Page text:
Checking References

References play a pivotal role in the hiring decision; they can provide testimony concerning a candidate's previous responsibilities, strengths, weaknesses, abilities, and achievements. A good, thorough reference check can mean the difference between hiring a suitable or unsuitable candidate. Carelessly done and overzealous reference checking can be an open door to lawsuits aimed at referees and the University. To reduce the risk, search committees should carefully plan the reference checking process and practice caution.

  • Select a couple of search committee members to perform the reference checks.
  • Obtain each candidate's authorization to conduct reference checks; this includes primary references requested in the position announcement and secondary, professional references (names that may surface because of an interview, the reference checking process, etc.). Determine if the candidate has any concerns about confidentiality and work with them to address any concerns identified.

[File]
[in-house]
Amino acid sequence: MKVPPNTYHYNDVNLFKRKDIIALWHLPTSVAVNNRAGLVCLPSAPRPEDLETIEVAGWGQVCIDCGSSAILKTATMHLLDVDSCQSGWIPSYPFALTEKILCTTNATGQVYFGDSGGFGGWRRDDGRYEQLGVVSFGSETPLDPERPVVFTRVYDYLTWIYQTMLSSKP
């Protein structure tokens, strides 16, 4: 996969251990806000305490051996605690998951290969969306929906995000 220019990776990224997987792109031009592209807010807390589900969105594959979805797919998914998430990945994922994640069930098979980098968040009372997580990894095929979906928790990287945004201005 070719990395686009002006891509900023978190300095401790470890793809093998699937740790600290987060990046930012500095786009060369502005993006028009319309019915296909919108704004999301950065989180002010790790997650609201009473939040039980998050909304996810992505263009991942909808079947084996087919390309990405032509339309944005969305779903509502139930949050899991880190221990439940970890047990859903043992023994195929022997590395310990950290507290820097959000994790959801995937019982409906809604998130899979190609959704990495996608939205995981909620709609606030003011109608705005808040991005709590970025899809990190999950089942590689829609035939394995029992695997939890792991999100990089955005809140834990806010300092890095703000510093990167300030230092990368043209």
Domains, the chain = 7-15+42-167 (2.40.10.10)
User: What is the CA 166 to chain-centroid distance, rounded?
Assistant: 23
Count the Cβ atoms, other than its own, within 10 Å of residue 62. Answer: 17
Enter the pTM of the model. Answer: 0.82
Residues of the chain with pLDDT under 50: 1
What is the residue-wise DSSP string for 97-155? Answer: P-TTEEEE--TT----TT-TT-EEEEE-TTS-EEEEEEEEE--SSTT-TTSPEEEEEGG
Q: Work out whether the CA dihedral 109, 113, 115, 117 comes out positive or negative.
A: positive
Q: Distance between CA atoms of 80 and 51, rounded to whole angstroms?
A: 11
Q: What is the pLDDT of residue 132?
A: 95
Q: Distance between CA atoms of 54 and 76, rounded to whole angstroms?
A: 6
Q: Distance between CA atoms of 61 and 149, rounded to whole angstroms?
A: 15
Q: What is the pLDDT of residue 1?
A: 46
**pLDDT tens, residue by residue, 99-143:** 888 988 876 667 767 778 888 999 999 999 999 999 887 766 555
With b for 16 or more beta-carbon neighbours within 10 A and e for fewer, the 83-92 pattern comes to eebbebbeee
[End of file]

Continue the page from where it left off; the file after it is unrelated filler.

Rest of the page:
• Conduct reference calls as you would a formal, structured interview, i.e., develop a core list of questions you will ask all referees and a list of questions specific to an individual candidate’ referees.
  • Prepare the referee for the call by sending them the position announcement/description and relevant information about the department/school to help them frame their responses.
  • Do not rush the interview process. Make sure to have ample time to thoroughly explore and carefully probe referees’ responses. (Use behaviorally anchored, open-ended questions and listen!)
  • Ask each reference to agree that your conversation will be held in strict confidence. Ask them to stick to the relevant facts and discuss only job-related information.

Contact Recruitment

Nura Kinge
Recruitment Partner
[email protected]

Debra Churos
Administrative Manager
[email protected]